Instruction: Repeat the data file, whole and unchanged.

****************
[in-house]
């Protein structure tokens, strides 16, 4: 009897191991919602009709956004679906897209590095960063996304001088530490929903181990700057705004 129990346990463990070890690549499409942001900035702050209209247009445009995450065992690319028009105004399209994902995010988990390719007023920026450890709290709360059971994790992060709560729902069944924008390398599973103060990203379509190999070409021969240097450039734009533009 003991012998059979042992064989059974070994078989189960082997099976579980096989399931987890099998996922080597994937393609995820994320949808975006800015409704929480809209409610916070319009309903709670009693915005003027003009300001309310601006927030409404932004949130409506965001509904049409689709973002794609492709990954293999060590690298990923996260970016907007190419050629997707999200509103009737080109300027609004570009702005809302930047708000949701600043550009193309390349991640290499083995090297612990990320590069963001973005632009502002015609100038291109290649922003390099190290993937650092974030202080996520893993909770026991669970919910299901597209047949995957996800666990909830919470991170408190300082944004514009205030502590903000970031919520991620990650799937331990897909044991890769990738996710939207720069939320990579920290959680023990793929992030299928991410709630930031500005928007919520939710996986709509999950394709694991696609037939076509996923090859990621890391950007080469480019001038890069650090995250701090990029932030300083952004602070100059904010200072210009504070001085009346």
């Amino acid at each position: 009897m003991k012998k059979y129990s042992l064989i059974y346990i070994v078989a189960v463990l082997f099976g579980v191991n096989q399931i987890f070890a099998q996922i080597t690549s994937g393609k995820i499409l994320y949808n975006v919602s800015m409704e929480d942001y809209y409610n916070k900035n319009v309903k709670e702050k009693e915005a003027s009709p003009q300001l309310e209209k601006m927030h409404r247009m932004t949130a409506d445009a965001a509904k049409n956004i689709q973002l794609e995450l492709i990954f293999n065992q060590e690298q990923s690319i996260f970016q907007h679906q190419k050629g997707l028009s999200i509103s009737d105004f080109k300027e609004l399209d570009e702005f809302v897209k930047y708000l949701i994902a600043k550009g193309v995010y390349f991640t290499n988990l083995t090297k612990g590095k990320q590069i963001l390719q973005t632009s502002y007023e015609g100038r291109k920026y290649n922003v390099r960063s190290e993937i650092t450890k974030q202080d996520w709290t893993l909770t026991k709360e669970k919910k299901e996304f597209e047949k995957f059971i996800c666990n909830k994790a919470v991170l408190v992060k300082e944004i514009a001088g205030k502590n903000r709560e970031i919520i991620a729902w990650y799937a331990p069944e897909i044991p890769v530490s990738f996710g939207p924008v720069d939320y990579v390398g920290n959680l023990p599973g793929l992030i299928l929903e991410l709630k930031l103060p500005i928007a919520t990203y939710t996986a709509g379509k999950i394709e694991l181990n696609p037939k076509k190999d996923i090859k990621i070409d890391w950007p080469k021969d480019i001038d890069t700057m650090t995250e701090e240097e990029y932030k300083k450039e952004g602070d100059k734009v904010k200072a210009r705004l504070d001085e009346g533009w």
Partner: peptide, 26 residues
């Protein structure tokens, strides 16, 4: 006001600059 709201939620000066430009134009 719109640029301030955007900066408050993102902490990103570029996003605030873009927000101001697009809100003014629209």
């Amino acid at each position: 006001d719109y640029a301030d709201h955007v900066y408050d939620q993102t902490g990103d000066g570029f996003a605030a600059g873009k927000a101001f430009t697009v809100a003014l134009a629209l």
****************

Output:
[in-house]
């Protein structure tokens, strides 16, 4: 009897191991919602009709956004679906897209590095960063996304001088530490929903181990700057705004 129990346990463990070890690549499409942001900035702050209209247009445009995450065992690319028009105004399209994902995010988990390719007023920026450890709290709360059971994790992060709560729902069944924008390398599973103060990203379509190999070409021969240097450039734009533009 003991012998059979042992064989059974070994078989189960082997099976579980096989399931987890099998996922080597994937393609995820994320949808975006800015409704929480809209409610916070319009309903709670009693915005003027003009300001309310601006927030409404932004949130409506965001509904049409689709973002794609492709990954293999060590690298990923996260970016907007190419050629997707999200509103009737080109300027609004570009702005809302930047708000949701600043550009193309390349991640290499083995090297612990990320590069963001973005632009502002015609100038291109290649922003390099190290993937650092974030202080996520893993909770026991669970919910299901597209047949995957996800666990909830919470991170408190300082944004514009205030502590903000970031919520991620990650799937331990897909044991890769990738996710939207720069939320990579920290959680023990793929992030299928991410709630930031500005928007919520939710996986709509999950394709694991696609037939076509996923090859990621890391950007080469480019001038890069650090995250701090990029932030300083952004602070100059904010200072210009504070001085009346």
């Amino acid at each position: 009897m003991k012998k059979y129990s042992l064989i059974y346990i070994v078989a189960v463990l082997f099976g579980v191991n096989q399931i987890f070890a099998q996922i080597t690549s994937g393609k995820i499409l994320y949808n975006v919602s800015m409704e929480d942001y809209y409610n916070k900035n319009v309903k709670e702050k009693e915005a003027s009709p003009q300001l309310e209209k601006m927030h409404r247009m932004t949130a409506d445009a965001a509904k049409n956004i689709q973002l794609e995450l492709i990954f293999n065992q060590e690298q990923s690319i996260f970016q907007h679906q190419k050629g997707l028009s999200i509103s009737d105004f080109k300027e609004l399209d570009e702005f809302v897209k930047y708000l949701i994902a600043k550009g193309v995010y390349f991640t290499n988990l083995t090297k612990g590095k990320q590069i963001l390719q973005t632009s502002y007023e015609g100038r291109k920026y290649n922003v390099r960063s190290e993937i650092t450890k974030q202080d996520w709290t893993l909770t026991k709360e669970k919910k299901e996304f597209e047949k995957f059971i996800c666990n909830k994790a919470v991170l408190v992060k300082e944004i514009a001088g205030k502590n903000r709560e970031i919520i991620a729902w990650y799937a331990p069944e897909i044991p890769v530490s990738f996710g939207p924008v720069d939320y990579v390398g920290n959680l023990p599973g793929l992030i299928l929903e991410l709630k930031l103060p500005i928007a919520t990203y939710t996986a709509g379509k999950i394709e694991l181990n696609p037939k076509k190999d996923i090859k990621i070409d890391w950007p080469k021969d480019i001038d890069t700057m650090t995250e701090e240097e990029y932030k300083k450039e952004g602070d100059k734009v904010k200072a210009r705004l504070d001085e009346g533009w």
Partner: peptide, 26 residues
């Protein structure tokens, strides 16, 4: 006001600059 709201939620000066430009134009 719109640029301030955007900066408050993102902490990103570029996003605030873009927000101001697009809100003014629209």
């Amino acid at each position: 006001d719109y640029a301030d709201h955007v900066y408050d939620q993102t902490g990103d000066g570029f996003a605030a600059g873009k927000a101001f430009t697009v809100a003014l134009a629209l």